As one last item of relevance (or irrelevance rather), remember the KIN? “Kin’s quiet return a rarity among failed gadgets” said CNET at one stage when there was chatter about KIN coming back as a “Zune phone” or something along those lines [1, 2, 3, 4]. It was probably misreported or merely an attempt to deplete remaining supplies because Kin services are officially dead, leaving KIN buyers with a dud in their pockets/hands:

The closure of Kin Studio — an online companion service by which Kin users can manage their phones, post to social networks, and host photos and video — will maroon a few thousand Kin users without key services.

“Microsoft Kin named one of CNN’s top 10 tech fails of 2010,” says a headline from Zunited. “Microsoft Nukes Kin Studio” says this headline, which slams the door shut on KIN’s coffin.

A Verizon Wireless document (JPGs) obtained by Windows Phone Central reveals that Microsoft will permanently close KIN Studio on January 31, 2011. For the 500 or so consumers who actually bought the “social” phone, this means the backbone OTA feature set will no longer be available. Instead, owners will be reduced to sending texts and making calls. Brilliant.

Does Microsoft have a future as a hardware company? Not a fat chance if this performance carries in.

Mac Asay [sic], who left Canonical to join a proprietary software company (Asay was previously close to taking a job at Microsoft), now says that the hypePad “is awesome” and denies that it is under threat from Linux. To Asay, Microsoft tablets which are an utter embarrassment should be considered the greater threat to Apple’s tablet. So why did he work for Canonical?

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2 Comments

  1. twitter said,

    January 6, 2011 at 11:03 pm

    Gravatar

    I would say that Windows 7 is the biggest tech fail of 2010. Judging by people’s reactions and complaints, I was right to predict Windows 7 would follow Vista into oblivion because it inherits all of Vista’s design flaws. If it is true that Windows 7 sales have peaked, after a slower start than Vista, Windows 7 is an even bigger sales failure.

    According to the NPD Group, consumer electronic sales were down 10% last quarter from 2009 with computers particularly hard hit.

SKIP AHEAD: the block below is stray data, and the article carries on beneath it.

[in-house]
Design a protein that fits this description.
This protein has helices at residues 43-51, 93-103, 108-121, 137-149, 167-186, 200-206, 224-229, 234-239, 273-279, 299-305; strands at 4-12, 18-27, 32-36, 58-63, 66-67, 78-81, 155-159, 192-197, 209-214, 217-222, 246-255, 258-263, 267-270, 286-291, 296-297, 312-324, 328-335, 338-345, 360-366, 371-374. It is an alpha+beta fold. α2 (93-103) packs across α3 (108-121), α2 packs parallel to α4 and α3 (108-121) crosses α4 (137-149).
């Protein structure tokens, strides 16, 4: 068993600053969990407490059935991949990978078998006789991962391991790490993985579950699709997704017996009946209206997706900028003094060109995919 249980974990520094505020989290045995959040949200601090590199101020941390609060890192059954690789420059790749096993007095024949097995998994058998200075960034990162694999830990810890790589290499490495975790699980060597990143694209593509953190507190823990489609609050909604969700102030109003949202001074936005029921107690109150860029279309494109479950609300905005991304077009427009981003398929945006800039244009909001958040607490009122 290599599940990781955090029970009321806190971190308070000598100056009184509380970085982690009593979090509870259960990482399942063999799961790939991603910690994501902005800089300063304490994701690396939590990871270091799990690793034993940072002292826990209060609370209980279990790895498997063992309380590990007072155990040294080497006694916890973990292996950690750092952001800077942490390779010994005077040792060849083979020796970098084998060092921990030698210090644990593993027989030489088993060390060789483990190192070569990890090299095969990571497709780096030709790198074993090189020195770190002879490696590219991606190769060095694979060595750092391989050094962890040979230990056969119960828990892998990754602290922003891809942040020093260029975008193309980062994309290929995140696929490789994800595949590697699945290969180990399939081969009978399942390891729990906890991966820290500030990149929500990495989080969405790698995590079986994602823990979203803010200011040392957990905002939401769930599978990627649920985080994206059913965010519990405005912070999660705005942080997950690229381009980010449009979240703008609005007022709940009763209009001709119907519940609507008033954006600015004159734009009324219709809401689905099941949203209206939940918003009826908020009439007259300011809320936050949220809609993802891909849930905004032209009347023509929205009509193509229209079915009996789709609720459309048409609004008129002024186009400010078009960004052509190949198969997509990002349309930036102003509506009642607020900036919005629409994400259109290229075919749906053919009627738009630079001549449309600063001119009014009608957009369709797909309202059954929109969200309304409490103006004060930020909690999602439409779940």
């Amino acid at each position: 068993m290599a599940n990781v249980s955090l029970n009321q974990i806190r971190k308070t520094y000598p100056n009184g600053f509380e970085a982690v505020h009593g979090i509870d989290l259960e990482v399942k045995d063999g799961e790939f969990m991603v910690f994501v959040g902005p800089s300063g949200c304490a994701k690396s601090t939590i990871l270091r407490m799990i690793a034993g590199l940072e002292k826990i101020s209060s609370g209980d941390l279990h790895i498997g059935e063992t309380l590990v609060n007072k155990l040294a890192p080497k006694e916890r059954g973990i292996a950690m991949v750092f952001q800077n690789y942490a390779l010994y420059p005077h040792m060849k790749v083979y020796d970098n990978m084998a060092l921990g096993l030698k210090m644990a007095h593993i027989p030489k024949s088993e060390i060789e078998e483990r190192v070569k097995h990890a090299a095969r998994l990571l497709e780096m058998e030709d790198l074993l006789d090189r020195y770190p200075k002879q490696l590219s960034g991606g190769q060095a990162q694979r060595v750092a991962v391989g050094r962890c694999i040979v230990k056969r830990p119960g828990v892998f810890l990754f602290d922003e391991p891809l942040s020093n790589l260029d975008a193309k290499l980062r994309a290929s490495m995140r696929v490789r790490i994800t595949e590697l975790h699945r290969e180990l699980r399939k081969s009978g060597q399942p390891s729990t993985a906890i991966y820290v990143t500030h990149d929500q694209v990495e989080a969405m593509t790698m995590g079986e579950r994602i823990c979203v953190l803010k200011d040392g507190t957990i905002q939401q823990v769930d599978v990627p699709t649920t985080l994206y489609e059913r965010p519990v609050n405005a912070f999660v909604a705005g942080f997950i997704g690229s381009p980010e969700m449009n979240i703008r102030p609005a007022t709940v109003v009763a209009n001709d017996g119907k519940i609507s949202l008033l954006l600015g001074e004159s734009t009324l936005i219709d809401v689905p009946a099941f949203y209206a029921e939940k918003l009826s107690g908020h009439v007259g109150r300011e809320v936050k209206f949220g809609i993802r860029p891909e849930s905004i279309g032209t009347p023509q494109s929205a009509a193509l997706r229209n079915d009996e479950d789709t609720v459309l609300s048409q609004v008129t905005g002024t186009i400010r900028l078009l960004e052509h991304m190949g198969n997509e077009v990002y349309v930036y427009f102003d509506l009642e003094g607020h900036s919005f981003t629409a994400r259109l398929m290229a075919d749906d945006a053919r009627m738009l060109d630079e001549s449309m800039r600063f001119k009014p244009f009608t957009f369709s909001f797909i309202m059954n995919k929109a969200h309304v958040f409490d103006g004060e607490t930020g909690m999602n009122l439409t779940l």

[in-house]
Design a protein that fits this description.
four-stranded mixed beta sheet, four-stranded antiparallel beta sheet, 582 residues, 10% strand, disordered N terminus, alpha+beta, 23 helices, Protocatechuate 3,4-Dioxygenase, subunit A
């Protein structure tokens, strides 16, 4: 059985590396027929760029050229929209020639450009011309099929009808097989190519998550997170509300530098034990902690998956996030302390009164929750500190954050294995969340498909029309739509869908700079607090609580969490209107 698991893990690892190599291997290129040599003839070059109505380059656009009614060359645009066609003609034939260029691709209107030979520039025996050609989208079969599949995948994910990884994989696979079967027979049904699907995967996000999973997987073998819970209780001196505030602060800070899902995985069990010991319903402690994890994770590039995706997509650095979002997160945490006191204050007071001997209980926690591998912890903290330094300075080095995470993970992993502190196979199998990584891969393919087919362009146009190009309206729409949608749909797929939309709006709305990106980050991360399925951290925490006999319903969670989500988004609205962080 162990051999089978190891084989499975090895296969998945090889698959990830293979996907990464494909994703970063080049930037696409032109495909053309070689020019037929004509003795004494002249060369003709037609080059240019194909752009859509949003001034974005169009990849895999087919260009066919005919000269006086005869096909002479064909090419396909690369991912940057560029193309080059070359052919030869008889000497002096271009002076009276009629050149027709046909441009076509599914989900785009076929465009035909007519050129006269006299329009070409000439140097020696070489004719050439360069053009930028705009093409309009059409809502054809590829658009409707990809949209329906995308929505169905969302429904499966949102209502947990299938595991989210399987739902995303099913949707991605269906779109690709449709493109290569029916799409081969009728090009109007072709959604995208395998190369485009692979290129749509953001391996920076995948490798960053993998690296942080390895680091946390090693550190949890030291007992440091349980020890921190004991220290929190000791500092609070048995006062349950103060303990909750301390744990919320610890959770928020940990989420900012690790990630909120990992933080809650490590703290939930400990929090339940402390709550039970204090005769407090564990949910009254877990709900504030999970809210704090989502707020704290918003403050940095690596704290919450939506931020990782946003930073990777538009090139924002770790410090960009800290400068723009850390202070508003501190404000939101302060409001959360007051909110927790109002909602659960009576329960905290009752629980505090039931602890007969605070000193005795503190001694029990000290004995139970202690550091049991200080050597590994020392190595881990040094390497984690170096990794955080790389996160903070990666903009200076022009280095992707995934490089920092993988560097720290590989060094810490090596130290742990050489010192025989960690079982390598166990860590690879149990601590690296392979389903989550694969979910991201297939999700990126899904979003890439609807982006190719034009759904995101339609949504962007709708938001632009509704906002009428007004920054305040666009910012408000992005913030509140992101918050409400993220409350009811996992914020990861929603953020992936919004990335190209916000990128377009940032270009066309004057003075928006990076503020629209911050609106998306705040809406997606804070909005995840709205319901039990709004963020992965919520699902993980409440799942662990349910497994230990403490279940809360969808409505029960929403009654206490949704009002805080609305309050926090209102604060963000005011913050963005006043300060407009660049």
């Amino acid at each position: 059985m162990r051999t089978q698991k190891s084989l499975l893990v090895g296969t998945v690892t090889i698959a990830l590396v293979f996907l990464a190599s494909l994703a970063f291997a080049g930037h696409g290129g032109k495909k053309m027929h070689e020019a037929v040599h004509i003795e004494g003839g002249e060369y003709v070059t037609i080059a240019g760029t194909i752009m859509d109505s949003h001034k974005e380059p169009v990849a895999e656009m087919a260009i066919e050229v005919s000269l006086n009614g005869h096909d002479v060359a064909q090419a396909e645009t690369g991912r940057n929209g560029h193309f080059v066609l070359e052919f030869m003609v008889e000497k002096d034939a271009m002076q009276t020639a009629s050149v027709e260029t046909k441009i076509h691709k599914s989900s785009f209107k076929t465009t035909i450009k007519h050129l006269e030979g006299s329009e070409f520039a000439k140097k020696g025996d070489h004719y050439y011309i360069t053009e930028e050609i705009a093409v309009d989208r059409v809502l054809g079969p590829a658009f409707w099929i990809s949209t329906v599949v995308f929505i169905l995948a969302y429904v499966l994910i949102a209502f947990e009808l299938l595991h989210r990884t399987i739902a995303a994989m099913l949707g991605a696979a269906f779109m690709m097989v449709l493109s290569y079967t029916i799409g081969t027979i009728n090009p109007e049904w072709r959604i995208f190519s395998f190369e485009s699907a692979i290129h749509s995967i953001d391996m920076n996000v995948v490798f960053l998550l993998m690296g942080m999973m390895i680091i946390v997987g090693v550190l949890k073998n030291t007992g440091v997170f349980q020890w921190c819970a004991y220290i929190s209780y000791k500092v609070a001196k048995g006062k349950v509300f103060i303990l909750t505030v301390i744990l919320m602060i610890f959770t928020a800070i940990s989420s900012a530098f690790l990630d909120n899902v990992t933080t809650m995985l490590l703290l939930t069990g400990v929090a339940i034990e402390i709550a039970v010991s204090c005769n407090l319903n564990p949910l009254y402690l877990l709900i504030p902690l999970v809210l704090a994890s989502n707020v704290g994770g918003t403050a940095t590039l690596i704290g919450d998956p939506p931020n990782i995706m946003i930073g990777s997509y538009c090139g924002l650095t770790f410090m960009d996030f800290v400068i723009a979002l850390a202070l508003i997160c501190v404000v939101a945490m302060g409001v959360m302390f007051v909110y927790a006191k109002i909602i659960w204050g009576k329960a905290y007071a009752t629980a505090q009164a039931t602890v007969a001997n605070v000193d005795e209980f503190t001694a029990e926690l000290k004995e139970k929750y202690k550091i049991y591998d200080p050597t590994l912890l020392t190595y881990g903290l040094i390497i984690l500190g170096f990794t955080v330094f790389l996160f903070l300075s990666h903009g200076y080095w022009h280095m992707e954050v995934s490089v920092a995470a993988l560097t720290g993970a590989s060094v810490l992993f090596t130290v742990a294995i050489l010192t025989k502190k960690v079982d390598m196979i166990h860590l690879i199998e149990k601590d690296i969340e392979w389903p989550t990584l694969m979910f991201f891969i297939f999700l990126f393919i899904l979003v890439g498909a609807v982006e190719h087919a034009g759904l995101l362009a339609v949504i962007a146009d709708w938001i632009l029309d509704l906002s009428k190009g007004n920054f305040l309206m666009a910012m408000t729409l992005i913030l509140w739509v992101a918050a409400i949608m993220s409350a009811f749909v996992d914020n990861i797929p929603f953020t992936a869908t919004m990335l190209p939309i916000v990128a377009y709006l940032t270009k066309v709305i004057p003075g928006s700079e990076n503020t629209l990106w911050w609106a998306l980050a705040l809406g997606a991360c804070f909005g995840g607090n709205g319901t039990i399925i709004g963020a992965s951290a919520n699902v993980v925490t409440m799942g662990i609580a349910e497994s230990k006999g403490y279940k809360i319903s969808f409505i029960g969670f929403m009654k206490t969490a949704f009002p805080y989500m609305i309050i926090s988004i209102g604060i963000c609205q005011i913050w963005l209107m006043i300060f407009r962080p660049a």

notebook unit volume fell 9 percent with little to no discounting, as ASPs remained flat. Netbook unit volume declined 38 percent versus last holiday and accounted for 19 percent of Windows notebook sales, down from 27 percent during the prior year. Desktop sales also took a hit, dropping 16 percent in units.

    I would say that this is because Microsoft stuffed their brick and mortar stores with overpriced notebooks and netbooks running Windows 7. I bought three laptops for my family for Christmas, a EEE PC that came with GNU/Linux and two laptops that I scrubbed of Windows. Because of free software, I know they will all work well. The EEE PC is identical to two others I own that have run like champs for more than three years. The other two ran Debian without fuss and also have years of great service ahead of them. People who buy a computer with Windows 7 face lots of bugs and an uncertain future as well as a difficult to navigate GUI change. Microsoft and Microsoft boosters shot all of their credibility promoting Vista as their best and the most secure OS ever.

    twitter Reply:

    More evidence of Vista 7 failure is a price destroying glut of DRAM. DRAM makers made the same mistake when Vista failed to live up to Microsoft’s technical and sales promises. The Windows 7 sales spurt, if it was anything more than channel stuffing, is over.